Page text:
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Housing, debt and the economy: a tale of two countries

Published online by Cambridge University Press:  01 January 2020

John Muellbauer*
Affiliation:
Nuffield college and INET@Oxford

Abstract

In housing affordability levels and volatility, there could hardly be a greater contrast than between the UK and Germany. Differences in history, institutions and policies are explored in this paper. Residential housing supply has been far more expansionary in Germany and mortgage credit more tightly regulated. A sensibly regulated rental market and stable German house prices have combined to leave the rental sector with over half of tenures. Policy failures in the UK have resulted in widening intergenerational inequality, increased social exclusion, adversely affected productivity and growth and raised the risk of financial instability. Policy lessons are drawn for the UK, which go far beyond the remit of the immediately responsible Ministry of Housing, Communities and Local Government.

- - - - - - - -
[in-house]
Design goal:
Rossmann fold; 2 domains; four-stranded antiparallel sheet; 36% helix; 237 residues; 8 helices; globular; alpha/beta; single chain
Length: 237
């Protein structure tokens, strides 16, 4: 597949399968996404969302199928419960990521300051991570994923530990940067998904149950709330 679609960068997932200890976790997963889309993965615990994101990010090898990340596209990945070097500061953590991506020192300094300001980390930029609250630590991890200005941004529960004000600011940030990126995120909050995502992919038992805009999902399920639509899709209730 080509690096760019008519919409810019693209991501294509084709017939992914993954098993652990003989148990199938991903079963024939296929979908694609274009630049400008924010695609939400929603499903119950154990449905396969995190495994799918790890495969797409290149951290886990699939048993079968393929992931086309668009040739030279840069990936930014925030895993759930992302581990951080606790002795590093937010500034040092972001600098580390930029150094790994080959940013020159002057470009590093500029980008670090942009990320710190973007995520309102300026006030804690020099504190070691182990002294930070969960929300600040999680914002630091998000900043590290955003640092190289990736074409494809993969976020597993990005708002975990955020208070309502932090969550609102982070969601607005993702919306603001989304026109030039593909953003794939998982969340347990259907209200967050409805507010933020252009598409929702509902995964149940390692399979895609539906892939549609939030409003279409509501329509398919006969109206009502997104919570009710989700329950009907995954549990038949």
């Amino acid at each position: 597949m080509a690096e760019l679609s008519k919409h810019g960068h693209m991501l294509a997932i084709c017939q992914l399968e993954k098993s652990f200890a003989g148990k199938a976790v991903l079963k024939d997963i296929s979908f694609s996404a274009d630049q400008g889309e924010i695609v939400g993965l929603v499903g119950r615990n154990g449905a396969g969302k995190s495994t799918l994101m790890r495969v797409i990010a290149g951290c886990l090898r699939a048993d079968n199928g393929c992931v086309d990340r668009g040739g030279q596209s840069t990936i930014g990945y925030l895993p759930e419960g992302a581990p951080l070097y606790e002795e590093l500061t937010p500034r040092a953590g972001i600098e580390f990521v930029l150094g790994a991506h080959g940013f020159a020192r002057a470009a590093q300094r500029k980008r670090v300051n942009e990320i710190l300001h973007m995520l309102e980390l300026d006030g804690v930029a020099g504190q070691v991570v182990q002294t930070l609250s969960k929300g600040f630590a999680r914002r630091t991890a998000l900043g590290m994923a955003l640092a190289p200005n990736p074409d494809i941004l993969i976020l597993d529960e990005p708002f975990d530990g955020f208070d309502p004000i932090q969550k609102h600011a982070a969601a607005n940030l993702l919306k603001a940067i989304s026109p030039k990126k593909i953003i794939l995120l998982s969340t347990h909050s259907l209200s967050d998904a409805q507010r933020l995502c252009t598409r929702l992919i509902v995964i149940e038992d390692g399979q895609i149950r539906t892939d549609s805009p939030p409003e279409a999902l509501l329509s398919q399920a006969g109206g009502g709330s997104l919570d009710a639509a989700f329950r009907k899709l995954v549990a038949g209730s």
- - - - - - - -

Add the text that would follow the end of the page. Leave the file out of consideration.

Type
Research Articles
Copyright
Copyright © 2018 National Institute of Economic and Social Research

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Footnotes

This paper draws on the Anglo-German Foundation lecture with the same title given at the Berlin-Brandenburgische Akademie der Wissenschaften in May 2017. I am indebted to Janine Aron for extensive comments, Felix Geiger of the Bundesbank and Manuel Rupprecht of the University of Muenster for help with German data, Yanitsa Kazalova and Andrew Goodwin for help with UK data and economists at the former DCLG and at the Resolution Foundation for useful discussions but take full responsibility for views expressed.

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